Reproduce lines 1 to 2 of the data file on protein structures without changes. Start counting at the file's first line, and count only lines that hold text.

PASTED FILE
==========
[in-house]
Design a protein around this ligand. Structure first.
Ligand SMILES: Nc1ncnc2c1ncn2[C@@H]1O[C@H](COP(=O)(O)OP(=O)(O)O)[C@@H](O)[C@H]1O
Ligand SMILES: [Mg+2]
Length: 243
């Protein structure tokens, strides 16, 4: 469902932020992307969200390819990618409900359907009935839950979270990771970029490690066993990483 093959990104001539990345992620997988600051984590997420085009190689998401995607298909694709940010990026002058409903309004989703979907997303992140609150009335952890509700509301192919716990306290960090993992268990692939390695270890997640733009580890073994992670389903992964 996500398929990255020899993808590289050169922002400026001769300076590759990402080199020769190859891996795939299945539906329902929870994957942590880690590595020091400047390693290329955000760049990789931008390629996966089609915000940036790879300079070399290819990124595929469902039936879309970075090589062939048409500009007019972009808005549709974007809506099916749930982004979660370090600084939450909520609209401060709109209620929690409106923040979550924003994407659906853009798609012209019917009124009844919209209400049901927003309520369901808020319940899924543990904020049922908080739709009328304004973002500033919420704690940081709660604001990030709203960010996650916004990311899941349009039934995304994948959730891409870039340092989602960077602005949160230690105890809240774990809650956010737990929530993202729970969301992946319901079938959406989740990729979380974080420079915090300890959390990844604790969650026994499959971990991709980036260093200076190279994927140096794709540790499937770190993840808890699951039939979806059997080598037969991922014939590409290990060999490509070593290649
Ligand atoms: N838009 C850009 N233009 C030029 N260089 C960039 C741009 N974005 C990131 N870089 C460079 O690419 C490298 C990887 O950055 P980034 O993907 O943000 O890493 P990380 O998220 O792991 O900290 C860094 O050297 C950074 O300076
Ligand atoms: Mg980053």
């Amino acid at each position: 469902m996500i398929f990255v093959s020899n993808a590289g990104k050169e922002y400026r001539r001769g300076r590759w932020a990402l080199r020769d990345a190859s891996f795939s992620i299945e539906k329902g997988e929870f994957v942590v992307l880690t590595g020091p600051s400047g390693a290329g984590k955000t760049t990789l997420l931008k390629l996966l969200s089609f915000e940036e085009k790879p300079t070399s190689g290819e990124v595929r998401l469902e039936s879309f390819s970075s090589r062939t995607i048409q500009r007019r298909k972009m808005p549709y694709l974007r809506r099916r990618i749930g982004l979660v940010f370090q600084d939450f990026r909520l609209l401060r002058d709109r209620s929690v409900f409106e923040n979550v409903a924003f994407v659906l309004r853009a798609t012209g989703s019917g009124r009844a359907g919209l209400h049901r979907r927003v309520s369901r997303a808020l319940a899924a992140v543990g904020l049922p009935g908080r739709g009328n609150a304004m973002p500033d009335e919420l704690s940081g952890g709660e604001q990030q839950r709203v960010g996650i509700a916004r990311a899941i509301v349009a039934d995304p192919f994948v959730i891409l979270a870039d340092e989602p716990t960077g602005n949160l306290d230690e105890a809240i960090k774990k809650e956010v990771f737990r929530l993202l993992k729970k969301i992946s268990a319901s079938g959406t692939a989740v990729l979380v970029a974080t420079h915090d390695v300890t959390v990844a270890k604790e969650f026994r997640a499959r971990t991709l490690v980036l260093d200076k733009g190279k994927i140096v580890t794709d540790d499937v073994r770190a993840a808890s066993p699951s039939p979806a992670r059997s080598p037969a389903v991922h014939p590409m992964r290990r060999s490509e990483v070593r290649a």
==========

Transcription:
[in-house]
Design a protein around this ligand. Structure first.